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Honolulu • Before Riley Nelson delivered those great escapes and crazy passes he's known for in the second half to lead the comeback, the BYU quarterback delivered a fiery speech in the locker room.

Sparked by the junior left-hander's impassioned plea to settle down and play, the Cougars overcame a three-point deficit at halftime and routed Hawaii 41-20 in front of 30,765 fans at Aloha Stadium.

"Guys were frustrated, guys were mad," said Nelson, downplaying the speech that sparked the lethargic Cougars. "We were bad today [in the first half], not making touchdowns."

Different story in the last half, as BYU scored 28 unanswered points in the third quarter to improve to 9-3 and end Hawaii's season. The Warriors (6-7) needed a win to earn an invitation to the Sheraton Hawaii Bowl, and played like it in the first half before getting overwhelmed in the second.

Nelson said he knew he would start since Tuesday, but the plan was kept under wraps and he was a supposed "game-time decision" after not having played for three weeks due to lung and rib cartilage injuries. Then he went out and had a career game, completing 25 of 37 passes for 363 yards and three touchdowns.

"I really liked it," said coach Bronco Mendenhall, asked about Nelson's performance.

Trailing 13-10 at halftime after giving up a 79-yard touchdown pass and 210 total yards to the Warriors, the Cougars took control of the game by driving 72 yards in nine plays on their first possession of the second half.

Nelson's 12-yard TD to Ross Apo, Apo's second TD grab of the game, gave BYU a 17-13 lead, but it was Nelson's falling, in-the-grasp 21-yard completion to Cody Hoffman on third-and-8 that prolonged the drive.

But Nelson wasn't finished.

Later, after Joe Sampson's 26-yard fumble return for a touchdown — Uona Kaveinga knocked the ball loose — gave the Cougars some breathing room, Nelson hooked up with Hoffman again for a 38-yard score that Mendenhall called one of the greatest plays the Cougars have made this season.

Nelson somehow escaped a defensive lineman's grasp, then spotted Hoffman, who made a one-handed catch on his way to the end zone. A left-handed catch.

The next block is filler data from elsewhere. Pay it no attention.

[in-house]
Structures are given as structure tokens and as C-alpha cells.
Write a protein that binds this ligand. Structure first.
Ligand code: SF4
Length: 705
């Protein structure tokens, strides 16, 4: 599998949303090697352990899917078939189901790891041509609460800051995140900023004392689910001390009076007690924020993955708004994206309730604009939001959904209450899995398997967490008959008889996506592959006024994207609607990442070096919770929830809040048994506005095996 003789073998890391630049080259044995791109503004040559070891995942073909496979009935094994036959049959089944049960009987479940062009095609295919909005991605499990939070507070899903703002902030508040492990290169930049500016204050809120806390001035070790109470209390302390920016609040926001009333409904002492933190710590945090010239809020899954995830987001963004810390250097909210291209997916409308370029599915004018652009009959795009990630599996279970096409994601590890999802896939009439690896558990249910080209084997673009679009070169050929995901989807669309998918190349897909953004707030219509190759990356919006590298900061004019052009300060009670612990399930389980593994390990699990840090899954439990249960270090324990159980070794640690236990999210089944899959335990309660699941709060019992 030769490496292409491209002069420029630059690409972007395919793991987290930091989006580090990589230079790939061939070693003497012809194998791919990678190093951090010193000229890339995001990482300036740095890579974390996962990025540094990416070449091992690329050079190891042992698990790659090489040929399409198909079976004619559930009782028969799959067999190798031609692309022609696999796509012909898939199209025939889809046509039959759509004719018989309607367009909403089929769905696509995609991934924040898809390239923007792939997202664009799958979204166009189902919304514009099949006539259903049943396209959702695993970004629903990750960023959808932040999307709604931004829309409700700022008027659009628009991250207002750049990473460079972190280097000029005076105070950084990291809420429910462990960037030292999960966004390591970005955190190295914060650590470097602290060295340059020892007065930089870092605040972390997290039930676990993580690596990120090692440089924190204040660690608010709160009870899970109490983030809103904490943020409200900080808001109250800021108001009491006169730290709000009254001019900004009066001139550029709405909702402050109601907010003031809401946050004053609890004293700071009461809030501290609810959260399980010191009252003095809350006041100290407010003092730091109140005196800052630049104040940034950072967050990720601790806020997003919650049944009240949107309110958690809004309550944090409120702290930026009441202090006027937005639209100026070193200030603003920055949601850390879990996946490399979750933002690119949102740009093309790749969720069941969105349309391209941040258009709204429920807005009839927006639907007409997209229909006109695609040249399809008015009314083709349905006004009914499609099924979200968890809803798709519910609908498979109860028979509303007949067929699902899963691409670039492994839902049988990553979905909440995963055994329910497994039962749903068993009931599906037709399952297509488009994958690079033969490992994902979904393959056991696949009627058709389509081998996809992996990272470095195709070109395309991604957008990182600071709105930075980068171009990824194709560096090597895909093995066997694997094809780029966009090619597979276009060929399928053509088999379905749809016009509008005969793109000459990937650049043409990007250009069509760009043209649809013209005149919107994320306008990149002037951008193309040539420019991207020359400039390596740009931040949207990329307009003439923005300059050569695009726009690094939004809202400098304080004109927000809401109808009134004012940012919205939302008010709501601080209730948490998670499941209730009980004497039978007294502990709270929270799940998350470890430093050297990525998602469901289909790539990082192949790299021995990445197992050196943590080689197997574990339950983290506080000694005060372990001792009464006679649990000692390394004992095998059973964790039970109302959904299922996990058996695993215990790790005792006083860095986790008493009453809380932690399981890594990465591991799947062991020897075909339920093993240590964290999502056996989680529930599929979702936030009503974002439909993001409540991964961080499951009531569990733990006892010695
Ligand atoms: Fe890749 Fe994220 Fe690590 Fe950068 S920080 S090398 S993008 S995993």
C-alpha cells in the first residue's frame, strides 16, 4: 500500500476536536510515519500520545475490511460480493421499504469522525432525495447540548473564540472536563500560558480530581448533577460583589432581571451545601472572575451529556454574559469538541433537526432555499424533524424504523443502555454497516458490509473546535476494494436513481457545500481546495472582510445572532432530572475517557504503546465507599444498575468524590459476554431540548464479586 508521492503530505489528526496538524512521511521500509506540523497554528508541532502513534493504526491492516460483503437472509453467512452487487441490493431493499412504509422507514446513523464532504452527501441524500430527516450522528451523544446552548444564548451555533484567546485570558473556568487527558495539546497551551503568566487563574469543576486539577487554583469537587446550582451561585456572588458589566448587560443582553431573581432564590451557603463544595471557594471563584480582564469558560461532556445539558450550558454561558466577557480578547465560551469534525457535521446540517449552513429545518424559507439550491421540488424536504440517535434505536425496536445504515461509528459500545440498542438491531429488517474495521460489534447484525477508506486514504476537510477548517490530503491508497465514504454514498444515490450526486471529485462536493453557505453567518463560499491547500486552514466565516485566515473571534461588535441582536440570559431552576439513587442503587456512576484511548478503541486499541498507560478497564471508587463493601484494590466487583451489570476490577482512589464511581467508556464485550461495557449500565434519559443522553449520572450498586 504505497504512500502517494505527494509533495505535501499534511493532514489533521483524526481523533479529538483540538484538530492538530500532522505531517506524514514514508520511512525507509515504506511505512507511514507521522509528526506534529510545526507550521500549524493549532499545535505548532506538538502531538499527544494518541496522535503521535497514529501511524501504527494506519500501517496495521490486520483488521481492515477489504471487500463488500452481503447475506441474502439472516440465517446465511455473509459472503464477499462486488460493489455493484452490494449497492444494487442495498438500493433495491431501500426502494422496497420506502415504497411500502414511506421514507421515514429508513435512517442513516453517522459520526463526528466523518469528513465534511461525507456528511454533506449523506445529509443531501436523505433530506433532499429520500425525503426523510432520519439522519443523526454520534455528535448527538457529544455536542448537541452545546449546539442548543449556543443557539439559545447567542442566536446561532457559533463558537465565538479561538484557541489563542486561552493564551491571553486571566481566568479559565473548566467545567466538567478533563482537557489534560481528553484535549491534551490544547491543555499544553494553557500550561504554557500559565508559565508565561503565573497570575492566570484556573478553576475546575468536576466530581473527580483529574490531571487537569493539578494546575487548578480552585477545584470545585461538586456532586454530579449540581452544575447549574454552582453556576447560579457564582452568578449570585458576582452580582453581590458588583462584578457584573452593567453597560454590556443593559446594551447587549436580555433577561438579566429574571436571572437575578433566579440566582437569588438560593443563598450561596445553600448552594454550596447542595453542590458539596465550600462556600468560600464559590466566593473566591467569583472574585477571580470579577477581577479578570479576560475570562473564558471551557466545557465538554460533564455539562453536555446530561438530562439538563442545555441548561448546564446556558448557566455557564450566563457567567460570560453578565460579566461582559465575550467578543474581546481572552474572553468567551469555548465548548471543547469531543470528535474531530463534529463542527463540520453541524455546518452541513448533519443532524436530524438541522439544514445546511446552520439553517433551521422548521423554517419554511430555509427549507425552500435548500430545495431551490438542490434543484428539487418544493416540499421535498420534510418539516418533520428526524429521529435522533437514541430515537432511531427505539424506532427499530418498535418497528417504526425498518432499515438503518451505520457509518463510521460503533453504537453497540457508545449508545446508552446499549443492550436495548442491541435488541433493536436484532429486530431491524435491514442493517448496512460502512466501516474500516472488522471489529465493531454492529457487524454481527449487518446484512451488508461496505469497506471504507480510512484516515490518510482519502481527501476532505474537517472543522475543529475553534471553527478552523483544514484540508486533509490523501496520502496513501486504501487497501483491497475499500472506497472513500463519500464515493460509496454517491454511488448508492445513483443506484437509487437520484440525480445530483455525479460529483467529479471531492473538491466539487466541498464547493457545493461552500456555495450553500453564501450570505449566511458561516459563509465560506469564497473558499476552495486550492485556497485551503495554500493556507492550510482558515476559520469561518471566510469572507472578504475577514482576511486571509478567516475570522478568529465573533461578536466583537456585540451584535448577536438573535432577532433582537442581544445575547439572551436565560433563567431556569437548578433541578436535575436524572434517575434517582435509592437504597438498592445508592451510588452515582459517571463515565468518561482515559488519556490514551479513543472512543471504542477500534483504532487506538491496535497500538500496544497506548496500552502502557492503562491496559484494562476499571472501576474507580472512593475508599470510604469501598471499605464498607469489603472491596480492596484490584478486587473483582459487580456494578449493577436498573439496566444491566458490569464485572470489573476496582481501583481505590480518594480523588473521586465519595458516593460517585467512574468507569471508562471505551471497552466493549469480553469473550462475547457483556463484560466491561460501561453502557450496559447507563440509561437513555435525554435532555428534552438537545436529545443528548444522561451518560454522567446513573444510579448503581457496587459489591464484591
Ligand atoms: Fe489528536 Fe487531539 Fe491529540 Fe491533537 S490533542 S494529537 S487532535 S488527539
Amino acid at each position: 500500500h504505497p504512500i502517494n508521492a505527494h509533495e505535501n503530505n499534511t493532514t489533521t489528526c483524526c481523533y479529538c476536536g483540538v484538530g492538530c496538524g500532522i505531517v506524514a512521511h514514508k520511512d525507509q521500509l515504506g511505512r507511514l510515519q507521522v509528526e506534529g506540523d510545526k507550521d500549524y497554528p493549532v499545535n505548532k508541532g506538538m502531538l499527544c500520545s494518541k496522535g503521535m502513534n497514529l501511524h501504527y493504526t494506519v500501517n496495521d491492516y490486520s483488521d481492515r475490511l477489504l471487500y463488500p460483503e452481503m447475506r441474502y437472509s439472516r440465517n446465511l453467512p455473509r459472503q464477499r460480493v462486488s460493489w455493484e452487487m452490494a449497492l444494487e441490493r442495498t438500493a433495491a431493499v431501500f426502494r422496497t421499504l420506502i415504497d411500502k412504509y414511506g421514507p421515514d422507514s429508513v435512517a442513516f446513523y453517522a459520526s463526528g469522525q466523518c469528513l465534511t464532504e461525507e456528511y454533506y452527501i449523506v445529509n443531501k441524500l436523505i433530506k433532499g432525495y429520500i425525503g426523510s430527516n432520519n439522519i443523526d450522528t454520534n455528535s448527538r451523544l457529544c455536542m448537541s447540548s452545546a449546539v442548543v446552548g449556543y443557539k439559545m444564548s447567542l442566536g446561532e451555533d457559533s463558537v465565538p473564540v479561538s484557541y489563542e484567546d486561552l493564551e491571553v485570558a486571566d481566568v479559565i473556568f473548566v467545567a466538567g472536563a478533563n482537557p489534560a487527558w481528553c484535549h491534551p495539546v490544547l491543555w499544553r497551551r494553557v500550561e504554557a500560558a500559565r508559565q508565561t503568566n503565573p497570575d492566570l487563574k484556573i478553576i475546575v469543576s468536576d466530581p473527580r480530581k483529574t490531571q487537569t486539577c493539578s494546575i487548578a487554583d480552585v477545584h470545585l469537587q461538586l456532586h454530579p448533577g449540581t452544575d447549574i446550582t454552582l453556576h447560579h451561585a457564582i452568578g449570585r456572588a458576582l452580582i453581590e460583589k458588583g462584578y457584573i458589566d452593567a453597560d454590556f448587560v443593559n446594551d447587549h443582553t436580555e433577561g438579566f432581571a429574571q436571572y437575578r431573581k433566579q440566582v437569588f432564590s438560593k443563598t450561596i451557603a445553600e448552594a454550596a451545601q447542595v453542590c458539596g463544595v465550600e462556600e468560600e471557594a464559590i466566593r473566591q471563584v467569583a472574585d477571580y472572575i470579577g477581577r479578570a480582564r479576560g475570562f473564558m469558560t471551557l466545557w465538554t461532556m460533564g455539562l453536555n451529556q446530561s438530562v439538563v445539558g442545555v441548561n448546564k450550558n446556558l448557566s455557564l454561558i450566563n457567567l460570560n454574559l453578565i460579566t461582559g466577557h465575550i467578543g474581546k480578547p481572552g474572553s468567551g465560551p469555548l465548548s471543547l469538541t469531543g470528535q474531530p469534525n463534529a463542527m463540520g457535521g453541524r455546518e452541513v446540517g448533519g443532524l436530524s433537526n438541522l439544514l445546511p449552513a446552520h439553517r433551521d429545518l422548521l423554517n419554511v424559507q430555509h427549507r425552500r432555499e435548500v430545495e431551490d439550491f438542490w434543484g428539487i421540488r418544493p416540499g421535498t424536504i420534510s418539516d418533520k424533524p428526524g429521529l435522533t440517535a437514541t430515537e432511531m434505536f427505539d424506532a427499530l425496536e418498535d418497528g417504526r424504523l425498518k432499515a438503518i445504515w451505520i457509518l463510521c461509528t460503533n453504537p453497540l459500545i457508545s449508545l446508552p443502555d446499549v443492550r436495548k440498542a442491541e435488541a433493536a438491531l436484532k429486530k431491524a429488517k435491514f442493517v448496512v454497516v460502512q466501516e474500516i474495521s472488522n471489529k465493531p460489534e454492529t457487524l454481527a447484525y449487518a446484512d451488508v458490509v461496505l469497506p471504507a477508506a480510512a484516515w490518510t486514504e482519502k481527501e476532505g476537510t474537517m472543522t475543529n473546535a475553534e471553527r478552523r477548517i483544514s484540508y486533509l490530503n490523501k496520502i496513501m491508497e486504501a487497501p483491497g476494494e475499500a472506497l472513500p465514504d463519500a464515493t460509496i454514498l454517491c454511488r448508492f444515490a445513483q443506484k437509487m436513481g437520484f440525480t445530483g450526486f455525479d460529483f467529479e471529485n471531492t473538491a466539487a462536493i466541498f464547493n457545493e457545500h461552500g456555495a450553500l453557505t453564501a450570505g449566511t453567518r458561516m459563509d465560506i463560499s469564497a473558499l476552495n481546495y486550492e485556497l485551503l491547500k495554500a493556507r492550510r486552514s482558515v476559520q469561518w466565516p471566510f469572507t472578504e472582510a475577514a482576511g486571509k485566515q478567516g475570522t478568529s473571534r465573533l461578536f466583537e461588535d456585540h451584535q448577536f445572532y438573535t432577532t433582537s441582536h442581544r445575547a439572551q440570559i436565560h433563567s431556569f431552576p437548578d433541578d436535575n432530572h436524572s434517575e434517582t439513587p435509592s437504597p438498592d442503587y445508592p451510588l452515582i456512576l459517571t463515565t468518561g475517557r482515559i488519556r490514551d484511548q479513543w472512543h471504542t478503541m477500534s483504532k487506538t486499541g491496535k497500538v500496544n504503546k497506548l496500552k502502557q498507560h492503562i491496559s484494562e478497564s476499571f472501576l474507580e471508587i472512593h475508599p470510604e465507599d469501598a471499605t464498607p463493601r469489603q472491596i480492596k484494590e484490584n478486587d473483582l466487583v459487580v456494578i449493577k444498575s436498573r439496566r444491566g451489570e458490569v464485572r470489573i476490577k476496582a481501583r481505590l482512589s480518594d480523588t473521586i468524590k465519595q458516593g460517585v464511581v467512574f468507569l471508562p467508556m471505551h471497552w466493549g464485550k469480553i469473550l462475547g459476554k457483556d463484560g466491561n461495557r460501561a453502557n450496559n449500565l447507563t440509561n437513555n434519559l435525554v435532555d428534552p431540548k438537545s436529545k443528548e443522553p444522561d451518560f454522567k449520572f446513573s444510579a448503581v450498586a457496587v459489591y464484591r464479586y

"I credit it to the defense, that defensive TD that gave us a lot of momentum," Nelson said.

Mendenhall called it "a complete win," but there were some early hiccups. The Cougars got just 10 points in the first half after driving inside the Hawaii 30-yard-line four times. Justin Sorensen missed a couple of field goals and made one in the first half.

Nelson's first TD pass got the Cougars on the board after Hawaii struck first with a TD after a pass-interference call on BYU in the end zone.

"You could see [at halftime] that the execution was coming. We just had to tighten up a few things," Mendenhall said. "In the second half, we played with a little bit more emotion and were execution-sound. We made a few adjustments schematically and then were able to win comfortably. I am proud of our football team. I think we improved again."

Apo, who caught four passes for 55 yards and the two TDs, said the Cougars needed a wake-up call.

"They came out and punched us in the mouth, and we all felt disrespected," Apo said. "Everybody at halftime was mad, and Riley gave us a little speech, and that got us fired up."

Defensively, the Cougars played much better in the second half, too, allowing the Warriors just 89 yards after the break, and many of those came during garbage time; Hawaii scored with 5:55 remaining in the game.

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